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Karaoke Nation: Or, How I Spent a Year in Search of Glamour, Fulfillment, and a Million Dollars

Karaoke Nation: Or, How I Spent a Year in Search of Glamour, Fulfillment, and a Million Dollars

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How -- and when -- did making a million dollars become as uplifting as joining the Peace Corps and as exciting as being a rock star?


Four years ago, Steve Fishman decided to make a million dollars. Why not? Despite his lack of business background, financial skills, or the slightest interest in management, 1990s America seemed to offer very few obstacles to his dream; in fact, in the midst of the entrepreneurial boom, it seemed almost unpatriotic not to want to be a business success. And so was it any wonder that, in the same way that it called to Benjamin Franklin, Horatio Alger, Andrew Carnegie, or Thomas Adams (the inventor of chewing gum), the siren song of success whispered in Steve Fishman's ear?

Or that he sang right back?

What the sirens whispered was a little business idea: hip-hop karaoke...over the Internet. His flash of genius, KaraokeNation.com, began almost as a caper -- involving a former rock 'n' roll drummer, an aspiring novelist, and an ex-paratrooper -- but quickly became an obsession. And again, why not? Music business legends like Russell Simmons (hip-hop's godfather) and Chuck D (founder of Public Enemy) bought in...to say nothing of New Economy kingpins Jerry Colonna (CEO of Flatiron Partners) and JosephPark (founder of Kozmo.com), who, each in his own way, encouraged a budding entrepreneur. But mostly, this tale became, if not a success story, then a story about success. Karaoke Nation is Steve Fishman's journey into what was truly the heart of the American dream, 1990s style: self-actualization through entrepreneurial success. It's the best, funniest story yet of the dot-com boom, a gold rush the likes of which America hadn't seen since Roughing It, Mark Twain's story of the 1861 Nevada gold and silver strike. It chronicles one of those rare times when it seemed as if anyone -- ANYONE -- could become hugely wealthy, just by collecting the dollars that floated down from the sky.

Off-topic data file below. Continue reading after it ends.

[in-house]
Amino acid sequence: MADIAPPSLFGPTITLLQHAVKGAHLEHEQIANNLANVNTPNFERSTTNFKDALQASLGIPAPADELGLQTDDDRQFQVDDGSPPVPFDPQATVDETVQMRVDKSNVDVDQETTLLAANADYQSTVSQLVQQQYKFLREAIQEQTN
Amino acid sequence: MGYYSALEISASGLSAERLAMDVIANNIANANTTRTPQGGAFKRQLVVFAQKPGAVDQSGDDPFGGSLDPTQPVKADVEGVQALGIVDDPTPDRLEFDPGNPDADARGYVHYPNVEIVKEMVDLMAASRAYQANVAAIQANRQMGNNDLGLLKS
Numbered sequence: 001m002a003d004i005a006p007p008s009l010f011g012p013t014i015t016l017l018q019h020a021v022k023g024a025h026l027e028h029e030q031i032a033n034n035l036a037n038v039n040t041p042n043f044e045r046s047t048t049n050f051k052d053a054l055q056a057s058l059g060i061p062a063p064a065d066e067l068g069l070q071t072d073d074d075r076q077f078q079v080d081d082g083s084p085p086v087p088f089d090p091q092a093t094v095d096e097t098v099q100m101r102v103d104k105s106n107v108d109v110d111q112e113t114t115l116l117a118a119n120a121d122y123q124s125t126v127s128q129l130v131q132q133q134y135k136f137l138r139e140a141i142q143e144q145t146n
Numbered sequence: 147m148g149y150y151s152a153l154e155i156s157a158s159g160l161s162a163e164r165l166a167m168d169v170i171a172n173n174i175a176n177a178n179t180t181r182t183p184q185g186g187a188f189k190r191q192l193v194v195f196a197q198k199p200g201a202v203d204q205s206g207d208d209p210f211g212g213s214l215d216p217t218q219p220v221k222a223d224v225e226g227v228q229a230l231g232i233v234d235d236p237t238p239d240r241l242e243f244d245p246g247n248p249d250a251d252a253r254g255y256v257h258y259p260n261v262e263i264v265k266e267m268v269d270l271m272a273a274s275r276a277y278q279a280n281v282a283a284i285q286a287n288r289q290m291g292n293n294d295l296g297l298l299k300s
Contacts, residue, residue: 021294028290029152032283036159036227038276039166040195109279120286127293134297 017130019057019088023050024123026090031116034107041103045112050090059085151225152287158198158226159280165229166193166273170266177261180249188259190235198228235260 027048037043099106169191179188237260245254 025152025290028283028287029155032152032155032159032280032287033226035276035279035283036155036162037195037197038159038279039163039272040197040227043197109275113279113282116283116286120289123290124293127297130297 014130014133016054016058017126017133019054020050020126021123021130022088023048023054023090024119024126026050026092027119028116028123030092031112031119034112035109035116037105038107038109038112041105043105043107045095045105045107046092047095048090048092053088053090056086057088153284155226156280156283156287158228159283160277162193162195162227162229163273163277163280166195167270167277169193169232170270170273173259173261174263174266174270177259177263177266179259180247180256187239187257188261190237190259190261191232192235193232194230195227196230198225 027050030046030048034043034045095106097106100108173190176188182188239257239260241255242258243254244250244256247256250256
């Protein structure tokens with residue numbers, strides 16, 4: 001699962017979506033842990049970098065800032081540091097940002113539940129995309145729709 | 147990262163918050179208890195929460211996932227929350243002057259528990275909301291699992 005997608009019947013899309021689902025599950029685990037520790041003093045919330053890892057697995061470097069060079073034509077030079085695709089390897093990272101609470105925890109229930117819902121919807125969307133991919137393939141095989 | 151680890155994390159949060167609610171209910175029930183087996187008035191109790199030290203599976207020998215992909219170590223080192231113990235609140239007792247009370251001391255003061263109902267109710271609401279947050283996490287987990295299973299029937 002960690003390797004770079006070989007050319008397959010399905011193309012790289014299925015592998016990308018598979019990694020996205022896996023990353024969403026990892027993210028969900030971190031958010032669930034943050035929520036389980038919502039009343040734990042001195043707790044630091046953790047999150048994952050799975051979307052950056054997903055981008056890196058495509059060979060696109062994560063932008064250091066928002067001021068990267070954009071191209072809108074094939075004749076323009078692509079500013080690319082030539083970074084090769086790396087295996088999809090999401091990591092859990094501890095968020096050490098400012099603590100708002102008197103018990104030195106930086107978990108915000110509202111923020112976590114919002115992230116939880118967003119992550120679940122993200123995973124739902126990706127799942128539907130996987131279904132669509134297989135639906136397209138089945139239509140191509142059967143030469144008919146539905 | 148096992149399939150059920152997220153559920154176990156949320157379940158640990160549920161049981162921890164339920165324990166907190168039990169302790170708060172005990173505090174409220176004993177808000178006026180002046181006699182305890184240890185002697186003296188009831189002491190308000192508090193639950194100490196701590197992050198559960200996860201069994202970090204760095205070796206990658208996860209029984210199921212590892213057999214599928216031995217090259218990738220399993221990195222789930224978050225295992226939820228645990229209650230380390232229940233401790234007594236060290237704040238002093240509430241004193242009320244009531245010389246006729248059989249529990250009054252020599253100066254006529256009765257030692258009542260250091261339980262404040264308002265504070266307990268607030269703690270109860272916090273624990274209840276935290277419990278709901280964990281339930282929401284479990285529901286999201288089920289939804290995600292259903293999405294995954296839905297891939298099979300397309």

But Karaoke Nation is more than that. It's about the peculiar way in which the self-fulfillment ethos of the seventies -- the one that promoted creativity and passion and mission and self-invention and the desire to make a difference -- became the ethos of business. It's about the new culture of "making it," how the values of one generation re-emerged in the next, only changed; about the way in which work, the undertaking that gave our fathers ulcers and a decent living, became a source of joy.

Karaoke Nation follows Steve from before he had even a germ of a business idea (or a business inclination) through the germination of a business. He signs partners (with big dreams and ridiculous social skills), meets venture capitalists (who seem to take him seriously), pitches foulmouthed stars (who seem interested in "monetizing eyeballs" and "developing sticky applications"), narrows in on a CEO (the one with the empty apartment), and finally sells the near-business in a scene that involves sunglasses, alcohol, removing shoes and shirts, and...well, you'll just have to read the book to find out. At once hilarious and perceptive, ironic and affectionate, Karaoke Nation is the sanest look yet at a lunatic era.